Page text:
London, The Courtauld Gallery

Omega Workshops Limited, founded by artist and critic Roger Fry, is one of Britain’s most fleeting (lasting only 6 years because of the onset of World War I) yet influential and experimental collectives in Britain’s textile and design history. At the workshop’s premises on 33 Fitzroy Square, London, avant-garde artists such as Vanessa Bell, Duncan Grant, Wyndham Lewis, Frederick Etchells, Henri Gaudier-Brzeska added a fresh, fun and modernist aesthetic to domestic interiors, though they produced all works anonymously bearing only the Greek letter Ω (Omega), upon Fry’s insistence.

The workshops were at once a shared working studio as well as a showroom where the designs were sold directly to the consumer – quite forward-thinking entrepreneurship for the time. Clients included Virginia Woolf, George Bernard Shaw, H.G. Wells, W.B. Yeats and E.M. Forster, as well as many other society figures intertwined with the famed Bloomsbury group of bohemian artists and intellectuals, to which the Omega Workshops were both contemporaneous yet distinctly a movement apart.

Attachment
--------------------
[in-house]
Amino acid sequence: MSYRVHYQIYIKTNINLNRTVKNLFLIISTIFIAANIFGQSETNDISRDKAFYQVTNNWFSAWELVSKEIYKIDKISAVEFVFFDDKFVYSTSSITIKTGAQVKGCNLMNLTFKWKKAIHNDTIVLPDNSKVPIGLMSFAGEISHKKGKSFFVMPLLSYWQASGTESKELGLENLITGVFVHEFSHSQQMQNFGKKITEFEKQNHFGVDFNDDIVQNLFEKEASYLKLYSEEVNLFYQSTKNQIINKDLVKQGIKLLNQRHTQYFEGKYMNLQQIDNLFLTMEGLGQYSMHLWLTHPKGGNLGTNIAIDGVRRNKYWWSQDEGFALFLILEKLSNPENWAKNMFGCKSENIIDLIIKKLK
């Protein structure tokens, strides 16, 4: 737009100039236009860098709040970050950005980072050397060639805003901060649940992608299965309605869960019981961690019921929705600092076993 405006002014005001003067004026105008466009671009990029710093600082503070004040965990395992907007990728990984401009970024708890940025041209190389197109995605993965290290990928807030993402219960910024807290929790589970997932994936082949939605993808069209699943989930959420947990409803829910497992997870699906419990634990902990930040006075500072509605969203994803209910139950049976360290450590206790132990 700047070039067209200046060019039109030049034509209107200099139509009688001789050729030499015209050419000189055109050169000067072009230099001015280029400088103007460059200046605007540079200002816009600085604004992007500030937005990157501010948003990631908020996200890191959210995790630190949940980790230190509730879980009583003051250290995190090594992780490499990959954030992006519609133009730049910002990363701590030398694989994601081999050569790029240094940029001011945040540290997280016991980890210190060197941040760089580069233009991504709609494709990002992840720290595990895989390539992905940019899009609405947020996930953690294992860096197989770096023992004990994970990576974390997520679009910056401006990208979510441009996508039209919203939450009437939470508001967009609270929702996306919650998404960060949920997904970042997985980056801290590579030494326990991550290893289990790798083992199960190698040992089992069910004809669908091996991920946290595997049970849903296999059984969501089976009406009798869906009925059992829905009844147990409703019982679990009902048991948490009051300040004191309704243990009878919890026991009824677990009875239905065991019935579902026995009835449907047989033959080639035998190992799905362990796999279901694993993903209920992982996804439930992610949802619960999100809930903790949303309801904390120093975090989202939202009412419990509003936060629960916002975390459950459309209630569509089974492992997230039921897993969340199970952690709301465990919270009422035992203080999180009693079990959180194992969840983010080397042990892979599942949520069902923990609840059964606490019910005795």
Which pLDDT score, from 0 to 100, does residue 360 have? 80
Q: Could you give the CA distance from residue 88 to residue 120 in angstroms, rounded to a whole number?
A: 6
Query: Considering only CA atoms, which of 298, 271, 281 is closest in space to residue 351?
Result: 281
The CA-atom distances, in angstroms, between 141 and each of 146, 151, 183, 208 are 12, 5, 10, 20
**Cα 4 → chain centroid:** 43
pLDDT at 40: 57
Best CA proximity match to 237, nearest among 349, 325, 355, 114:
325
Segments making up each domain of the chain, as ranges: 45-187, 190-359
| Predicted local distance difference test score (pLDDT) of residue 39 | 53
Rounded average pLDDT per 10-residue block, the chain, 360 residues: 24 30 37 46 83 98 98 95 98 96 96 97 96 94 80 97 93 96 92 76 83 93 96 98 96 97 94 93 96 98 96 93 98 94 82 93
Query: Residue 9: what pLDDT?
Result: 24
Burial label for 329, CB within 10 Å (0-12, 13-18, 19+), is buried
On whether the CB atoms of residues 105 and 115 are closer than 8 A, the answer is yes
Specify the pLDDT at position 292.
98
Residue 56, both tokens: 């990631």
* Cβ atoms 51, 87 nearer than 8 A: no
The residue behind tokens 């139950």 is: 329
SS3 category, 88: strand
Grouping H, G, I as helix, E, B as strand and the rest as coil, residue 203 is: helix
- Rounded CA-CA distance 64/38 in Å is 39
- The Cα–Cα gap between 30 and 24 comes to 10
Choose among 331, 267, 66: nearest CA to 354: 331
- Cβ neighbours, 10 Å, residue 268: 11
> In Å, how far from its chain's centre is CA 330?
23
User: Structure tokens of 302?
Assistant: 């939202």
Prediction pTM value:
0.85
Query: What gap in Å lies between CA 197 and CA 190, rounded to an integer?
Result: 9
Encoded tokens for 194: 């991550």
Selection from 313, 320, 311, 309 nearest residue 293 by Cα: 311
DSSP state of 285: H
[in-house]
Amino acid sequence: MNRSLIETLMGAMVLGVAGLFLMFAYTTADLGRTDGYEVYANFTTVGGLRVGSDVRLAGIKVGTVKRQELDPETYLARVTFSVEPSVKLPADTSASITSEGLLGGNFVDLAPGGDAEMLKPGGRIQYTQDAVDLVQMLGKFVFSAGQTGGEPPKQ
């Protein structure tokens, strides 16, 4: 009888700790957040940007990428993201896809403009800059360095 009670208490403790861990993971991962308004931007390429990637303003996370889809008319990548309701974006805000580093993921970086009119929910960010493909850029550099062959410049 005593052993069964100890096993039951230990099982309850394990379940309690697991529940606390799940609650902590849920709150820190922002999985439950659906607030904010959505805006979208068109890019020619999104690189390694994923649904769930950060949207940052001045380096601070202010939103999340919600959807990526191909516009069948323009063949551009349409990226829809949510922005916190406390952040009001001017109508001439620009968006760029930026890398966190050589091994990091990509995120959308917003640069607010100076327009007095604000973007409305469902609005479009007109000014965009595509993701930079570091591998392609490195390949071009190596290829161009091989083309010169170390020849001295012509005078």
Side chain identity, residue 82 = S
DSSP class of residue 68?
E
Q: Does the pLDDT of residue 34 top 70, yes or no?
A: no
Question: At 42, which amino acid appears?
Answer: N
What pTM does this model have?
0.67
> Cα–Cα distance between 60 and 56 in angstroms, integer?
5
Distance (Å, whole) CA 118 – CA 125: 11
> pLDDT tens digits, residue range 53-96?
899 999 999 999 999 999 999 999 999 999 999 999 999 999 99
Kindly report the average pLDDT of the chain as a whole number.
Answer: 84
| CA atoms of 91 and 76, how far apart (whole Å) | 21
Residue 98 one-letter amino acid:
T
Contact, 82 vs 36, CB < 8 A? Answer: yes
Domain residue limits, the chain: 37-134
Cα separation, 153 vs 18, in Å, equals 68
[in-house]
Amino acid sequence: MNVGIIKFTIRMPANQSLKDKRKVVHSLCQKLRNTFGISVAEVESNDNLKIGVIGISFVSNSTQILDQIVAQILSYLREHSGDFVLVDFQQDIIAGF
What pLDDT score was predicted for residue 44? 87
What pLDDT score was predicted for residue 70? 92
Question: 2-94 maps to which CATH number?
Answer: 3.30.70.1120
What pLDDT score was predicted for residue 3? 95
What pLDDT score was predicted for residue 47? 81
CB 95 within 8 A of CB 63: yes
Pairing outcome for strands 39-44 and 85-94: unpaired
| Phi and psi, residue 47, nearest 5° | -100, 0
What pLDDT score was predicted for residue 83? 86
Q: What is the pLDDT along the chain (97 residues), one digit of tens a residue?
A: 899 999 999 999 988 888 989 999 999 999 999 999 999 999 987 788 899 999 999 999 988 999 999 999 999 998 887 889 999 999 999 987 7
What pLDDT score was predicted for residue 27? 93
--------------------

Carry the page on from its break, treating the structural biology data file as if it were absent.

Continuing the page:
The exhibit displays a wide range of objects, from hand-knotted rugs, woven wools, painted silks and printed linens to ceramics, furniture and clothing as well as the largest collection of working drawings. One of the highlights of the exhibition is the “Peacock Stole” in chiffon silk painted in primary colors with a bold motif of confronting peacocks, which ultimately remained unsold and has not been available to view for over fifty years.

June 18 through September 2009
The Courtauld Gallery
Somerset House
London, WC2R 0RN
T. +44 20 7848 2526